So today was flu shot day. I would tell you that I had completely forgotten about flu shots, but that would obviously make me a terrible mother, so I will tell you assuredly, I did not forget about flu shots. Like any devoted mom, I delayed them as long as possible for the sake of my children.
And so we went. And I don’t do the trick thing. I say we are doing this. And it’s gonna hurt.
But only for a second.
We arrive at the clinic and several other devoted moms were there lining children, one by one; completing forms, two by two; and we are reassuring and we are loving and we are—
Bysounds horrific and loud and full of panic and they were the sounds of a child.
“I’LL NEVER LET YOU DO IT! YOU CAN’T TOUCH WITH ME THAT THING! AHHHHHHHHH! GET ME OUT OF HERE!”
It was a movie. For five long minutes. Surreal. I looked at my children; at all of the children. Waiting, faces, ghost-white and frightened and I look at them lovingly, showing concern for their hearts beating fast and I—
Burst out laughing. Giggling, shaking, laughing, like I can. not. stop. The other moms look at me with horror. The nurses glance and I am telling you.
I could not quit laughing.
It was like a year-long release of tension and fear and anger and anxiety and maybe I wanted to be that kid, yelling at the top of his lungs, but grown-ups can’t yell. At least not in a clinic. At least not in a room full of children.
And so we laugh.
And all of a sudden, there were other nurses, different nurses, other screams, yes different ones and I was back in the maternity wing and we were being ushered around by our “how to have a baby” teacher and I’m remembering how huge I was and remembering how people would say, “Oh you are so cute. You are just carrying that baby all up front” and how they were lying, sweet, precious liars because I am remembering and I am seeing pictures and I know I carried that baby everywhere. He was in my face and my hips and my tush and, oh thank heavens for all the sweet little liars, but we are walking and yes there are screams. You could hear the sounds of total agony echoing from the newly remodeled rooms and I looked at my husband and I thought—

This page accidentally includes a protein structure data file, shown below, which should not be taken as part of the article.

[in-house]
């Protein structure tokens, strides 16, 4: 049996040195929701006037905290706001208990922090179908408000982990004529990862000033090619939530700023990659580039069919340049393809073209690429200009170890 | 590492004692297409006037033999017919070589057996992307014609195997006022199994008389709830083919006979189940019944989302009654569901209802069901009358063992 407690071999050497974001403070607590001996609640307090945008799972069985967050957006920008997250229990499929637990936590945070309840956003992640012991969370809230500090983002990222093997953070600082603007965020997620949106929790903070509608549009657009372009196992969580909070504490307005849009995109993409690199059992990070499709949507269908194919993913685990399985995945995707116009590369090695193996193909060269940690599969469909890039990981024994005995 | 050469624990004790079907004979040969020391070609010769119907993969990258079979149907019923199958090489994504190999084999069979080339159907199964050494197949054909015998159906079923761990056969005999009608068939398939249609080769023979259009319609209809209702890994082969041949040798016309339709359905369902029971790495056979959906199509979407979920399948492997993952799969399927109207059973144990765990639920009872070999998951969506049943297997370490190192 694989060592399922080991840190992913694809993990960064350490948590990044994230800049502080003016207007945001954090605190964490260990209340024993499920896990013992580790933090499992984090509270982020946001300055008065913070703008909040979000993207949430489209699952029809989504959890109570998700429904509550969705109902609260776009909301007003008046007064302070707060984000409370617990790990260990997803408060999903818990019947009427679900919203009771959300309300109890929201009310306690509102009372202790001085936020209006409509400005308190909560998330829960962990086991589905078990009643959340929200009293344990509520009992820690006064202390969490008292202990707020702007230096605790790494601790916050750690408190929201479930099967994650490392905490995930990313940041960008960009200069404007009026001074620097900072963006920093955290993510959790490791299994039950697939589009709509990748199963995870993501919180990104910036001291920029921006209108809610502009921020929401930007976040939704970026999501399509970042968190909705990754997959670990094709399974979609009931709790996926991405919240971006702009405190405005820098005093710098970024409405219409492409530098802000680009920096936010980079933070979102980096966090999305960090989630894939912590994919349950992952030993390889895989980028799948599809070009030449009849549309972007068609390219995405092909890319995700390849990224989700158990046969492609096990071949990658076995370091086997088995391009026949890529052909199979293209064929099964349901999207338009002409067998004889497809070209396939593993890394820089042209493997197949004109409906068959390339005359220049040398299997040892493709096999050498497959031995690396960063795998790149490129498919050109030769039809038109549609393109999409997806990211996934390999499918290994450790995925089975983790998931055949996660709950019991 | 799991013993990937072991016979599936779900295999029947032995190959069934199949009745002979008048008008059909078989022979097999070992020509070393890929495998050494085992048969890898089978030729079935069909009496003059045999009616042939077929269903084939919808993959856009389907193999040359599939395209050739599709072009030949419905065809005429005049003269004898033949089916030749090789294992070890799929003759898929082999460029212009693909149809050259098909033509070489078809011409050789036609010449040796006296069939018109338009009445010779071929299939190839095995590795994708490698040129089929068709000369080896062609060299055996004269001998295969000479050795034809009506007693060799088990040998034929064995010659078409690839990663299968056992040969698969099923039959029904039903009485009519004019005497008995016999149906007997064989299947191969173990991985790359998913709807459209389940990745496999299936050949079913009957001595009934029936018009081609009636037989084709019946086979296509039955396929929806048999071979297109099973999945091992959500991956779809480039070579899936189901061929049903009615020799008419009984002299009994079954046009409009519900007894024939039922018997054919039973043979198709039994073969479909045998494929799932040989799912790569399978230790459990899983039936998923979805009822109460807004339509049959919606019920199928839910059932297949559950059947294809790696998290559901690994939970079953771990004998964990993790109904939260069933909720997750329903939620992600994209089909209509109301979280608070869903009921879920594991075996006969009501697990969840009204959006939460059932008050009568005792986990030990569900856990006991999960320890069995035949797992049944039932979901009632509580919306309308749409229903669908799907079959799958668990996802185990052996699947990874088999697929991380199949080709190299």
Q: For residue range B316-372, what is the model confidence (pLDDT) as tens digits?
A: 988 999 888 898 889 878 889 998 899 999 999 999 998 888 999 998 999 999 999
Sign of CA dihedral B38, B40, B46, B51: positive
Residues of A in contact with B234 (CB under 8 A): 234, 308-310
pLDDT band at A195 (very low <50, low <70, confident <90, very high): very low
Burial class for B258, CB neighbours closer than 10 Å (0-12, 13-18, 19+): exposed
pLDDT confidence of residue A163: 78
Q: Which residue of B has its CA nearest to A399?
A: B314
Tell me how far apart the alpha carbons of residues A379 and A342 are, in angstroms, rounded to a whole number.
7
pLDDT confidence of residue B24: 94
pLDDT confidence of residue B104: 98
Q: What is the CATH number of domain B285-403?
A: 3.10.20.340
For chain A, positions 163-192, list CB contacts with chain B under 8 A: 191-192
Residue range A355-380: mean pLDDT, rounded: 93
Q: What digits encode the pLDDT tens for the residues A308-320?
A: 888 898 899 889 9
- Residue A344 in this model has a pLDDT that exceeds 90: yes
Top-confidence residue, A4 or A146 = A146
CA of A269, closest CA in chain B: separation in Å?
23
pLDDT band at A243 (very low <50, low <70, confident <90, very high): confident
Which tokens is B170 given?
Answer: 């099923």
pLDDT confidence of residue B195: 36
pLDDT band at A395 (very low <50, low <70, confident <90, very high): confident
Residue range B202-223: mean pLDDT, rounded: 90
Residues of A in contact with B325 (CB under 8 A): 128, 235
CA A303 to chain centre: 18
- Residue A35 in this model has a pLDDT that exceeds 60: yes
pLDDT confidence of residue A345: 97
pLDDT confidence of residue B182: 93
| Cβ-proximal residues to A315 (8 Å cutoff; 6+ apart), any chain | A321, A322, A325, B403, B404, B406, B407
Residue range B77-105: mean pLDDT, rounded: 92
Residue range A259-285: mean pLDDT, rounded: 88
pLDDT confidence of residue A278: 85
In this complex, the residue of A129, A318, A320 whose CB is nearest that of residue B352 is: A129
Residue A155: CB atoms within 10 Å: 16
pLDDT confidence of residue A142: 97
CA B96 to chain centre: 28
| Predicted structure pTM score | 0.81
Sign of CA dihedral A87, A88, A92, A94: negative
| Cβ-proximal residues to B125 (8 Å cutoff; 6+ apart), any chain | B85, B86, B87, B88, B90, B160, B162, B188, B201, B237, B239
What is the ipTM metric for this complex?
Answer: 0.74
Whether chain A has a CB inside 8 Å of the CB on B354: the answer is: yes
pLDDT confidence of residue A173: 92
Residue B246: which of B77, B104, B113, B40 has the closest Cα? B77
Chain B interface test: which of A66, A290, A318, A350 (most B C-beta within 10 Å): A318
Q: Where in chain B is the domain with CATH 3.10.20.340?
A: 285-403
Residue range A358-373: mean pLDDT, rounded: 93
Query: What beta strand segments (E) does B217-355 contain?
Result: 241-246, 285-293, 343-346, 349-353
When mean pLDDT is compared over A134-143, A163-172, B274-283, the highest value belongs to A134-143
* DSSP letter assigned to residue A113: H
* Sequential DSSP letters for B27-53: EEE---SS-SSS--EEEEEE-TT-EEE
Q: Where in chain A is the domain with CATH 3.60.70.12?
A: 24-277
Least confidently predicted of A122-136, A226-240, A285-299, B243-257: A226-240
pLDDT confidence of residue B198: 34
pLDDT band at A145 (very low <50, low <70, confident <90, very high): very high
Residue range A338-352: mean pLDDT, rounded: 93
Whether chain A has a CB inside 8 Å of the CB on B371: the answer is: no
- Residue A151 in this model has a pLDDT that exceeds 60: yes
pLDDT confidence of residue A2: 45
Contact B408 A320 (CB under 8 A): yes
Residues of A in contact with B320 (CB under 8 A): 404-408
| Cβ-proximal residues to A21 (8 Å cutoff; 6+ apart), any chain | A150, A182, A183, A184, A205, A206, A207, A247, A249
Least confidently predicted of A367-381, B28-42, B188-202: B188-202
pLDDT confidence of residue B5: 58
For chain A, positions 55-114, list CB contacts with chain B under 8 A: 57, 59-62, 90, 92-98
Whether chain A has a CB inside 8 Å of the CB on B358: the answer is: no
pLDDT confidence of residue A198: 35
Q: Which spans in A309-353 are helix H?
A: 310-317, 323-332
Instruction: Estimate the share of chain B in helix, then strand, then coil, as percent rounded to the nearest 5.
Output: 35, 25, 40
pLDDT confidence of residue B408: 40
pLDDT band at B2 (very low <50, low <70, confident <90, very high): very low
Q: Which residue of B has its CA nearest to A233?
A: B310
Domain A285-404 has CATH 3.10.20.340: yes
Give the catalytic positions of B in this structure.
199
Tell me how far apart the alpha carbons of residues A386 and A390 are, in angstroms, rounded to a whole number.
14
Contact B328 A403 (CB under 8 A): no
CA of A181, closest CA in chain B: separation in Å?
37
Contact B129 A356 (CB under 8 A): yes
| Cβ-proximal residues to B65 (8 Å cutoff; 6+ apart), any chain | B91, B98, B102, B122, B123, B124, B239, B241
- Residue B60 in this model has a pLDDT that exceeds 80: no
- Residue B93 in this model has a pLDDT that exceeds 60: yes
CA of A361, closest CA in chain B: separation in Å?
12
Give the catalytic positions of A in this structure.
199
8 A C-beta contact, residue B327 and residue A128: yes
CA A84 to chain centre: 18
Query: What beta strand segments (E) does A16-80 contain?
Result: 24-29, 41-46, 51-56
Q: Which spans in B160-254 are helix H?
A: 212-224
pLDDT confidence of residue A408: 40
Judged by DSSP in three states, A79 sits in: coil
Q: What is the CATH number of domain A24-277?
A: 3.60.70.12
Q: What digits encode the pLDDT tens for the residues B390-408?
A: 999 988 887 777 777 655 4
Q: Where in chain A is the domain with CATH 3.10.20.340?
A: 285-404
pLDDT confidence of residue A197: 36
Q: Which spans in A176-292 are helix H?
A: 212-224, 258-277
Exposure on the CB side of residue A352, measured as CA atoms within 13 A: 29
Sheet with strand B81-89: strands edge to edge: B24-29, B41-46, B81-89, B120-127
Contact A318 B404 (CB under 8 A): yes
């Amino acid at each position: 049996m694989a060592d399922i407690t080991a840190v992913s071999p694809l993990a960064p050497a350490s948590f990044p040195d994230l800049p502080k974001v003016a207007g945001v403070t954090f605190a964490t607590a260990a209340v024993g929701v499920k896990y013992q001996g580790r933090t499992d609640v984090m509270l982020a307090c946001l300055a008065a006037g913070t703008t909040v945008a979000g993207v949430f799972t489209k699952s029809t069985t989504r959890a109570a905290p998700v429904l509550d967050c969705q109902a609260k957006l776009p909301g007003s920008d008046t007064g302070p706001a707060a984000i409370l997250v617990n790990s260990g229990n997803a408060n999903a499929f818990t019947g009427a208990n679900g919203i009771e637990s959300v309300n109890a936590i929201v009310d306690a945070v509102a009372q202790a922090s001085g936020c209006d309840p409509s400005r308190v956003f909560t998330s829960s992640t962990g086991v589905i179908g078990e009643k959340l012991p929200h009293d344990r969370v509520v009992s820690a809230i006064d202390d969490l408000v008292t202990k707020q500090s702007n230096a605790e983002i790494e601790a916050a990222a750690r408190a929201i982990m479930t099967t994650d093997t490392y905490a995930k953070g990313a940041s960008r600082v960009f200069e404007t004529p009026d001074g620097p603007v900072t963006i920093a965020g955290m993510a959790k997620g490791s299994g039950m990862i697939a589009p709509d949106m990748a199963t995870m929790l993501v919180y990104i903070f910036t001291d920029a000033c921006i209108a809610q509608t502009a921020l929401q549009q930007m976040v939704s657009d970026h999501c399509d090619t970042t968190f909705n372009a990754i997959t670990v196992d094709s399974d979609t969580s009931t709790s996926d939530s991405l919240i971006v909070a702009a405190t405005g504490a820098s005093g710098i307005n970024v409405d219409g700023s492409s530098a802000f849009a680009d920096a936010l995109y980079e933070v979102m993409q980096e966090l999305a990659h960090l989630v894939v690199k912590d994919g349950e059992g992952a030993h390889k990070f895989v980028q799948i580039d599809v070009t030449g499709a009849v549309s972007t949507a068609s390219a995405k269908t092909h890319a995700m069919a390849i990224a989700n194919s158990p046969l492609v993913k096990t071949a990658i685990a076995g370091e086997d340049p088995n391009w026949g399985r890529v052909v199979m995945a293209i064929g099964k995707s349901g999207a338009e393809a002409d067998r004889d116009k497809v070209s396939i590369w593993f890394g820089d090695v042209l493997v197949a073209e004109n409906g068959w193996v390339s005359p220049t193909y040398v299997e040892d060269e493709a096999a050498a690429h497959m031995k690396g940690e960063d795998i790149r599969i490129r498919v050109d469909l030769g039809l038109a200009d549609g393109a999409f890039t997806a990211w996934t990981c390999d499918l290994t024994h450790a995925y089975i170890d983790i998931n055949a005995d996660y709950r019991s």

“Well, that’s that. This baby’s stayin’ in”‘
Well first, I thought, why in the heck-o-la did they bring us here? Such not a good idea.
And then I thought, yep, baby’s stayin’ put because I am not. doing. that. That, you know, whatever that is that is causing the screaming.
But the baby came out. Two of them, in fact and without drugs. I’m not some crazy no-drug person, I’m just some crazy-don’t like the idea of someone sticking a foot-long needle into my spine person.
So anyway, I was laughing and yes I had this moment right there in the middle of a flu shot clinic and these moments are important and they make up our lives and they are the ones that remind us of the better; they remind us of the joy and in this really messed up way, the poor kid screaming, wrestling, fighting, kicking made me happy.
Ann Voskamp says, “We can walk the planks of trust from known to unknown and know. He holds.”
And so here in this clinic, here today, I remember. I remember the better. I remember that He is faithful and that He held me during labor and He held my parents as they waited word on their baby, and He held them when they were refused information and refused welcome and yes, I can list the ways of His faithfulness and I can walk the planks and it’s good to remember and it’s good to laugh and there is grace in flu shots and frightened children.
And frighened Mommies.
My children were brave. Stickers in hand, we head out for ice cream. And once upon a time, I remember that their Mommy was brave (and very fat and thankful for liars), and it’s a both-and.
Being brave doesn’t mean we’re not scared. It means we face the fear.
We walk the planks.